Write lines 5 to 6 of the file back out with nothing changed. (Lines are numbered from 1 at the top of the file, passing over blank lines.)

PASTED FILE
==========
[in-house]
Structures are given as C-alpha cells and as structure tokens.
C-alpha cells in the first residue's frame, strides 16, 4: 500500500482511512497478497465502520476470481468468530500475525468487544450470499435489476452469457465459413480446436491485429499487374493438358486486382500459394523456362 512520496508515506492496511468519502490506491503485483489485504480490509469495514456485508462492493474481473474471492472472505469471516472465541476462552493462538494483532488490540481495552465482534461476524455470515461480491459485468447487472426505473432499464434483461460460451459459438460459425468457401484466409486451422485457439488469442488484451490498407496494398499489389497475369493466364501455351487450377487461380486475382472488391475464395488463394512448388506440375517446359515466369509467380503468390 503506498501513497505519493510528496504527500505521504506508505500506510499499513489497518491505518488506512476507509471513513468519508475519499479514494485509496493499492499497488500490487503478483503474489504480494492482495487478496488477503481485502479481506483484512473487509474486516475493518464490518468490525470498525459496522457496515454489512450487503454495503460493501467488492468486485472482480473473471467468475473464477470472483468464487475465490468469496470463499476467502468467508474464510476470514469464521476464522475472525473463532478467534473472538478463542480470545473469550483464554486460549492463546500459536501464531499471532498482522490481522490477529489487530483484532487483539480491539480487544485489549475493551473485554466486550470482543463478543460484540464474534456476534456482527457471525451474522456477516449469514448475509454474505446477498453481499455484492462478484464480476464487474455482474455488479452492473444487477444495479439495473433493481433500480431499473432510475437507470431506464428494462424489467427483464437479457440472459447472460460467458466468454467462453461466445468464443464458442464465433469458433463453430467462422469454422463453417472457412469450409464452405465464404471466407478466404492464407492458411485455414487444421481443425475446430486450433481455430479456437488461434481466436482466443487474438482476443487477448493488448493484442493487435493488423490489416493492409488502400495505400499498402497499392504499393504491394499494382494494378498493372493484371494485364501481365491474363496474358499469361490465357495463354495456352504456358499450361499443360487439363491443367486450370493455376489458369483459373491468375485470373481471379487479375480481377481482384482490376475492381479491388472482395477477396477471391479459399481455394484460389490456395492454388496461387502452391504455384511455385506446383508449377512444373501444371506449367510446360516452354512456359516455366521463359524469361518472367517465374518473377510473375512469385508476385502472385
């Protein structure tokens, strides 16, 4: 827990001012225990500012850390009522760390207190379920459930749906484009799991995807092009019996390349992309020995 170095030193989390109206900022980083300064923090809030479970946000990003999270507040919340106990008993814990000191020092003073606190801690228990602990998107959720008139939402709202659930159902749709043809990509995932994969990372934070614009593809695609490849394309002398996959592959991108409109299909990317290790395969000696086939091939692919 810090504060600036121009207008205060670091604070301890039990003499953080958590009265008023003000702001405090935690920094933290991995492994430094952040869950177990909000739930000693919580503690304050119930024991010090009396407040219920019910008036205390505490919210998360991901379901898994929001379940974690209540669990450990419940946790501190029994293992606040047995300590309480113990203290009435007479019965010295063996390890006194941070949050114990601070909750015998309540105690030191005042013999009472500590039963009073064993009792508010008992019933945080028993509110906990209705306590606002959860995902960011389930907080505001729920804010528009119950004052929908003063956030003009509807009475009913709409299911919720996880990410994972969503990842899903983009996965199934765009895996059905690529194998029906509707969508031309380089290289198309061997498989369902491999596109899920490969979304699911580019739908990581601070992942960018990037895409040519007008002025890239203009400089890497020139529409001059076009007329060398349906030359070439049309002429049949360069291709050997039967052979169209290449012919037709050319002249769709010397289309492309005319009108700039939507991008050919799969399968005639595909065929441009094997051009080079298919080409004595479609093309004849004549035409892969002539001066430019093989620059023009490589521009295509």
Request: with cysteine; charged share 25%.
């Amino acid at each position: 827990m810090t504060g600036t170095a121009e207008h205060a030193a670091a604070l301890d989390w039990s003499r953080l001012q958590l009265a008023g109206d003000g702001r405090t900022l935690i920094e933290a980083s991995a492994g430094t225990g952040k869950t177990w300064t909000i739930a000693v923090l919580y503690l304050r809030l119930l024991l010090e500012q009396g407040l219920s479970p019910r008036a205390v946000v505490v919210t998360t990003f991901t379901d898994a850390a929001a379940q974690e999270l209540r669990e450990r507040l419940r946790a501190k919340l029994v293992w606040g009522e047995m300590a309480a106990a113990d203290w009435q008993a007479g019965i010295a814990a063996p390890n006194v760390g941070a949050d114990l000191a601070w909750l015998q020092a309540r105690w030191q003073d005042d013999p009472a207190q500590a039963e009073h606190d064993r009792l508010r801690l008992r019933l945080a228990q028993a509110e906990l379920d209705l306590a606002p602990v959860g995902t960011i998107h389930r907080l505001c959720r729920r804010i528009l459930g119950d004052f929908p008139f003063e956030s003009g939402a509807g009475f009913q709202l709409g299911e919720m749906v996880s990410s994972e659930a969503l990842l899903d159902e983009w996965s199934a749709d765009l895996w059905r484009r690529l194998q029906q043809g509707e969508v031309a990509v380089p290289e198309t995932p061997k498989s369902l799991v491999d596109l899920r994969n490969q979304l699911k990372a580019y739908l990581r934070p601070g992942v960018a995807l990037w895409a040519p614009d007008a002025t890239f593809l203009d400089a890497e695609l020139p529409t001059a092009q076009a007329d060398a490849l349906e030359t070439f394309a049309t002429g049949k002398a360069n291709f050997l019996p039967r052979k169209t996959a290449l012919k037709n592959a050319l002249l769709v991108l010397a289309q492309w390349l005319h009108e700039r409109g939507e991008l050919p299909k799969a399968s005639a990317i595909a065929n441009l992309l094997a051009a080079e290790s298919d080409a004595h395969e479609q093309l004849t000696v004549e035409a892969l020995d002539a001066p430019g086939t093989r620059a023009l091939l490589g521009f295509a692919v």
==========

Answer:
Request: with cysteine; charged share 25%.
């Amino acid at each position: 827990m810090t504060g600036t170095a121009e207008h205060a030193a670091a604070l301890d989390w039990s003499r953080l001012q958590l009265a008023g109206d003000g702001r405090t900022l935690i920094e933290a980083s991995a492994g430094t225990g952040k869950t177990w300064t909000i739930a000693v923090l919580y503690l304050r809030l119930l024991l010090e500012q009396g407040l219920s479970p019910r008036a205390v946000v505490v919210t998360t990003f991901t379901d898994a850390a929001a379940q974690e999270l209540r669990e450990r507040l419940r946790a501190k919340l029994v293992w606040g009522e047995m300590a309480a106990a113990d203290w009435q008993a007479g019965i010295a814990a063996p390890n006194v760390g941070a949050d114990l000191a601070w909750l015998q020092a309540r105690w030191q003073d005042d013999p009472a207190q500590a039963e009073h606190d064993r009792l508010r801690l008992r019933l945080a228990q028993a509110e906990l379920d209705l306590a606002p602990v959860g995902t960011i998107h389930r907080l505001c959720r729920r804010i528009l459930g119950d004052f929908p008139f003063e956030s003009g939402a509807g009475f009913q709202l709409g299911e919720m749906v996880s990410s994972e659930a969503l990842l899903d159902e983009w996965s199934a749709d765009l895996w059905r484009r690529l194998q029906q043809g509707e969508v031309a990509v380089p290289e198309t995932p061997k498989s369902l799991v491999d596109l899920r994969n490969q979304l699911k990372a580019y739908l990581r934070p601070g992942v960018a995807l990037w895409a040519p614009d007008a002025t890239f593809l203009d400089a890497e695609l020139p529409t001059a092009q076009a007329d060398a490849l349906e030359t070439f394309a049309t002429g049949k002398a360069n291709f050997l019996p039967r052979k169209t996959a290449l012919k037709n592959a050319l002249l769709v991108l010397a289309q492309w390349l005319h009108e700039r409109g939507e991008l050919p299909k799969a399968s005639a990317i595909a065929n441009l992309l094997a051009a080079e290790s298919d080409a004595h395969e479609q093309l004849t000696v004549e035409a892969l020995d002539a001066p430019g086939t093989r620059a023009l091939l490589g521009f295509a692919v």